With spring in the air and the anticipation of new things to come we would like to share an article with you we received from Caroline Khambatta, about a new treatment for Post Traumatic Stress Disorders.

 

Caroline Khambatta,( BSc) , is a fully licensed Reverse Therapy Practitioner and Clinical Supervisor, who uses Reverse Therapy for the treatment of Post Traumatic Stress Disorder. She has, since qualifying in the Reverse Trauma Process in 2005, worked with many clients on a wide range of traumatic experiences. We came across Caroline's work about two years ago and have since then enjoyed some joint working with great results.

Caroline writes:

Reversing Post Traumatic Stress Disorder

When something traumatic occurs in our lives our body goes onto 'red alert' with the sole purpose of getting us back to a place of safety and re-establishing balance in our lives. For 20% of people this does not occur because they end up suffering with Post Traumatic Stress Disorder (PTSD).

Sufferers of PTSD deal with traumas slightly differently. They produce a record of the event taking the form of a 'horror movie'. This is done by the thinking or cognitive mind (we call this Headmind in Reverse Therapy), with the purpose of working out logically why this thing has happened and who's fault it was. Sadly, there is very rarely anything logical about trauma, be it a physical accident, violence or observing something very frightening. The horror movie is repeatedly run, either triggered by something external that reminds the individual of some aspect of the trauma, or for the purpose of analysing the situation. Over time the movie can get distorted and exaggerated, so that the person becomes increasingly distressed.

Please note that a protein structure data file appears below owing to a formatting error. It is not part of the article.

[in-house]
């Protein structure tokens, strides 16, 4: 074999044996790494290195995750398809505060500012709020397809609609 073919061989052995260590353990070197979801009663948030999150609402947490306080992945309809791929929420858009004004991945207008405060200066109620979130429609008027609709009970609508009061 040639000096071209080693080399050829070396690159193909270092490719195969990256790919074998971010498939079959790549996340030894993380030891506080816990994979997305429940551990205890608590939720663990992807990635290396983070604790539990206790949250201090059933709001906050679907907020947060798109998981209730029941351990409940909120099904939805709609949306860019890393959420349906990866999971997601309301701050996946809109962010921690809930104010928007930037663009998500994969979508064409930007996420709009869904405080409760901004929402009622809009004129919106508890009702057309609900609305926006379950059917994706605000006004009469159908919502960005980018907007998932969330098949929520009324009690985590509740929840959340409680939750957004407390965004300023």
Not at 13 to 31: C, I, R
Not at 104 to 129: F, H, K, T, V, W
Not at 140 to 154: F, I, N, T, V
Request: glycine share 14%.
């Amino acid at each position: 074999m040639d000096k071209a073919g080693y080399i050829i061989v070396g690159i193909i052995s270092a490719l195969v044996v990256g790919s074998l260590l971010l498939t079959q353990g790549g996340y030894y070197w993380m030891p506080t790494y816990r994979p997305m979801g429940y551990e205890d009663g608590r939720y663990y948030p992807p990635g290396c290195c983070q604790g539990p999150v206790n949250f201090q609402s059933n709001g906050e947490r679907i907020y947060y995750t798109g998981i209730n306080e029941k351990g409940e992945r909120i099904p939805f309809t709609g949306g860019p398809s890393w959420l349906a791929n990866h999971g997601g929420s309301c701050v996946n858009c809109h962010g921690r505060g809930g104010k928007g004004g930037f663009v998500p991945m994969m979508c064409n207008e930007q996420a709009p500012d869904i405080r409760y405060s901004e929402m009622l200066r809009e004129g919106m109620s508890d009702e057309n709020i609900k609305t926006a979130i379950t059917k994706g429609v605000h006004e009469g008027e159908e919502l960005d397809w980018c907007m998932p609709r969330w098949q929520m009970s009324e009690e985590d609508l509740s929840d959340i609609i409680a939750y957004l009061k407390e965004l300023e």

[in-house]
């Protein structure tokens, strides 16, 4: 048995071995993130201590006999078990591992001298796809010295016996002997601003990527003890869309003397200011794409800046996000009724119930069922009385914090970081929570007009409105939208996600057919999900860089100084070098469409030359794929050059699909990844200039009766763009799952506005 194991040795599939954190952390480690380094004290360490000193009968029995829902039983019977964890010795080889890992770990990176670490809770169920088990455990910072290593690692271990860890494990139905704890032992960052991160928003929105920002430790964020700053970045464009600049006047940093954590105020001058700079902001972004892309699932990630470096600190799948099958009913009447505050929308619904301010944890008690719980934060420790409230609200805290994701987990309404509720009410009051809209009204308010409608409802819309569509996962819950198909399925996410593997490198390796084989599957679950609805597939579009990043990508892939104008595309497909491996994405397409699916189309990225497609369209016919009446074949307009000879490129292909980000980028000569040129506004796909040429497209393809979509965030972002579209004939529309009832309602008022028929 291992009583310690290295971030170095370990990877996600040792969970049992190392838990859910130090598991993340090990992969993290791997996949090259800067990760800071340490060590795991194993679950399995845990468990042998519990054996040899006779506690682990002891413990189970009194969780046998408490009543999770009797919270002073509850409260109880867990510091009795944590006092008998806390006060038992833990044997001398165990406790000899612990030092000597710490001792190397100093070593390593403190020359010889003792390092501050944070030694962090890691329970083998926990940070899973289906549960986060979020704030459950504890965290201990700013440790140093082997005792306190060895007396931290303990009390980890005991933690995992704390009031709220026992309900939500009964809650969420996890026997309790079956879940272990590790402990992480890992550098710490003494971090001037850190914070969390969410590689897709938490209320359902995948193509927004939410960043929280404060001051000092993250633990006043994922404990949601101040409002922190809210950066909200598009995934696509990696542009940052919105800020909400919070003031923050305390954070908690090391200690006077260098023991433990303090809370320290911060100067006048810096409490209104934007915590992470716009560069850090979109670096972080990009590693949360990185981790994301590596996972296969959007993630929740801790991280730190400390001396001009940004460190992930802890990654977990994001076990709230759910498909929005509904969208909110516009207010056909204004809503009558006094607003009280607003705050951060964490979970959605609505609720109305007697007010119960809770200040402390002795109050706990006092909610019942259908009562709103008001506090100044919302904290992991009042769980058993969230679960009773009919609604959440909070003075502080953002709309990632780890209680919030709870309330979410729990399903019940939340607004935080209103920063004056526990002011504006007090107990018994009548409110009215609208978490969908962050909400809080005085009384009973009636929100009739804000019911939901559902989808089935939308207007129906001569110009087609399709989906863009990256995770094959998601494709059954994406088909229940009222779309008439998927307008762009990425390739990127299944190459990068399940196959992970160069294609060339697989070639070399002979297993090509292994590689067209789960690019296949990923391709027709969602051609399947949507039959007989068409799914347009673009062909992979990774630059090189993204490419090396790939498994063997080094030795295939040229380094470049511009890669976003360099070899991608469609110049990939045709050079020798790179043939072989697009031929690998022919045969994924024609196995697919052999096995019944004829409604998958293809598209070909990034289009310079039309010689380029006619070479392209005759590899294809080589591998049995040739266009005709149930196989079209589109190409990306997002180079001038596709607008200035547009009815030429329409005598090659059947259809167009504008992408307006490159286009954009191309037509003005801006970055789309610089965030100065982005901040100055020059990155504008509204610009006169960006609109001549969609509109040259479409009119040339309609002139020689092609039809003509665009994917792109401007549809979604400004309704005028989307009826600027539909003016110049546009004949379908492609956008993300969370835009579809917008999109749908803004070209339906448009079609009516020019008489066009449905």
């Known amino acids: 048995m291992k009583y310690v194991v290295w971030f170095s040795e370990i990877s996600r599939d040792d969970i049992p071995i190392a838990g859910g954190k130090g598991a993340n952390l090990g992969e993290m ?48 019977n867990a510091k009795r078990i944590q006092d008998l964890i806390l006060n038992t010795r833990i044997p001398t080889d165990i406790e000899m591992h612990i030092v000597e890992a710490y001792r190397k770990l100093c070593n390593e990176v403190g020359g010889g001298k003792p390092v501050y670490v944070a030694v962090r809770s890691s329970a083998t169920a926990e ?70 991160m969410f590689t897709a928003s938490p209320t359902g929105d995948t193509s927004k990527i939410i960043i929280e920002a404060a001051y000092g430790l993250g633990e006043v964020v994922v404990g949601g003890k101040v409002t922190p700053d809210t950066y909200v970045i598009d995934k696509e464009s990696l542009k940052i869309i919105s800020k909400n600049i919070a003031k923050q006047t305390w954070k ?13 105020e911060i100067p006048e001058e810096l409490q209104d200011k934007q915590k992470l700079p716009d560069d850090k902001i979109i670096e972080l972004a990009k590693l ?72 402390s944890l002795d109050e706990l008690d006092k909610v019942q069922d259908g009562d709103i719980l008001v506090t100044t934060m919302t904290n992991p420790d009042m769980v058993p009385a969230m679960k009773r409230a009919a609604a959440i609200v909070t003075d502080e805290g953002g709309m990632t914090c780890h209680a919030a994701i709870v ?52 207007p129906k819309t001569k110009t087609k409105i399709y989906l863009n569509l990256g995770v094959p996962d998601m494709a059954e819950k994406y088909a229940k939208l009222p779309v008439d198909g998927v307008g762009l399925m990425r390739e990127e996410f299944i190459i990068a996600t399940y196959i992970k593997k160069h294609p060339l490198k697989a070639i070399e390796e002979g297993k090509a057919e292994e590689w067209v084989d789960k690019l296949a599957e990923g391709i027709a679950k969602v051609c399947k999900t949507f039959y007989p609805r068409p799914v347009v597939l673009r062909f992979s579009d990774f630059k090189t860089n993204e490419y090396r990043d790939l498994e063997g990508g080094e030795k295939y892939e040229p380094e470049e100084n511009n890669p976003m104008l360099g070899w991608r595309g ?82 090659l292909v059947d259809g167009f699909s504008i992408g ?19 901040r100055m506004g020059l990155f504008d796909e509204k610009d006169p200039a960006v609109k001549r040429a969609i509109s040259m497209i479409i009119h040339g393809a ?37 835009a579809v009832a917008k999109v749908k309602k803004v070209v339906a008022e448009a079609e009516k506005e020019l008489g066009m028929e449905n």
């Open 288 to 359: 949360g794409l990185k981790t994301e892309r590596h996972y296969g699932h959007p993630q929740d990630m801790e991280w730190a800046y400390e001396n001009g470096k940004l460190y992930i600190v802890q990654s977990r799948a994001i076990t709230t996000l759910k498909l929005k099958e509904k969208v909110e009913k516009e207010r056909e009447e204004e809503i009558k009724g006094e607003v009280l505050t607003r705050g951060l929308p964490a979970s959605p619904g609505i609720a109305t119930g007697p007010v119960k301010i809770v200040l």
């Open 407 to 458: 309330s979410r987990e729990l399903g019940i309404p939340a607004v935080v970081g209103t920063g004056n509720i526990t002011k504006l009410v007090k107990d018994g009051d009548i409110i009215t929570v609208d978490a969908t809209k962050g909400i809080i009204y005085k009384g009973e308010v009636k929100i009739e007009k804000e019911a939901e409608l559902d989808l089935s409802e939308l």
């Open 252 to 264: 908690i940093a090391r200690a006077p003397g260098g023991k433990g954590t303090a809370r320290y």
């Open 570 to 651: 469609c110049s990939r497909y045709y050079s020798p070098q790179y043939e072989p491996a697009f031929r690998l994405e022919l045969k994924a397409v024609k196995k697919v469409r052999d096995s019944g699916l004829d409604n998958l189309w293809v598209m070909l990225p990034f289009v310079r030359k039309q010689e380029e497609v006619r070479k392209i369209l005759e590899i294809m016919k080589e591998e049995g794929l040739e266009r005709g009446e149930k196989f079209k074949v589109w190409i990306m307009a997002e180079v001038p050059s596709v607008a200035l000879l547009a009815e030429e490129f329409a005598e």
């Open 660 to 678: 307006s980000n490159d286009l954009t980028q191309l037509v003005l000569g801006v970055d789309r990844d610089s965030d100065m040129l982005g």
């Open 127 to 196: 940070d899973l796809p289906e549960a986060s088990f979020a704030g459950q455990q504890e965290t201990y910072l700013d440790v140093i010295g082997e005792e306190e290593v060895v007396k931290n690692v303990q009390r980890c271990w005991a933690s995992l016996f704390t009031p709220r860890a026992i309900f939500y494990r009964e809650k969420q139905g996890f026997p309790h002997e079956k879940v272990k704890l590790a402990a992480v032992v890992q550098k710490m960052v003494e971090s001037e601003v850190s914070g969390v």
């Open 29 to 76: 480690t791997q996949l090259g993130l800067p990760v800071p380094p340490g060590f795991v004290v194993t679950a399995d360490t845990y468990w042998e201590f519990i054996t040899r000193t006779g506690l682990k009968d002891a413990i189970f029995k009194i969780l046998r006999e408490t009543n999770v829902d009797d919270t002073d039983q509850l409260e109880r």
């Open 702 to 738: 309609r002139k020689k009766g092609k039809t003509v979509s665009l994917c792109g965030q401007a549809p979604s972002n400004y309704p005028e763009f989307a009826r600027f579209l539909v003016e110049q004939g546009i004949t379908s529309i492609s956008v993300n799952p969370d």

Unfortunately, while the 'movie', is running the individual is denied access to their natural instincts that would guide them to move forward in their lives. These natural instincts, we call Bodymind, are expressed as emotions and body symptoms. Bodymind will continue to flag up emotions such as fear, anger and frustration, in order to encourage the person to create safety for them self now and in the future and start to move on.

The Trauma Reversal Process works in 2 stages. The first stage involves scrambling the 'movie', which gives the client access to their emotions at a manageable level. With access to these the individual works with their Reverse Therapy Practitioner to put together a plan to learn from the situation, regain confidence and move on. Most clients start with very small steps, while they are re-building confidence.

Lynn, whose car was hit by a 40 tone lorry on the M1, found she was unable to drive on any motorway until the ‘movie’ was scrambled. After that she started driving with someone else on dual carriageways and allowed her confidence to build before she did a short trip on the M1. She is now able to drive up the M1 and has been past the spot of the accident several times. Lynn no longer has the full panicky feeling, but she does find she is very alert when driving on motorways. This is an example of her using the learning from the situation and applying it to her life to increase her personal safety."

For more information on Reverse Therapy and other conditions they treat, contact Caroline on Tel. 01280 822422 or e-mail her : This e-mail address is being protected from spambots. You need JavaScript enabled to view it or visit the Reverse Therapy website: www.reverse-therapy.co.uk

Declan McNichol

Bill Young

Angela Gordon

Birgit Rathje-Vale

Helen Smart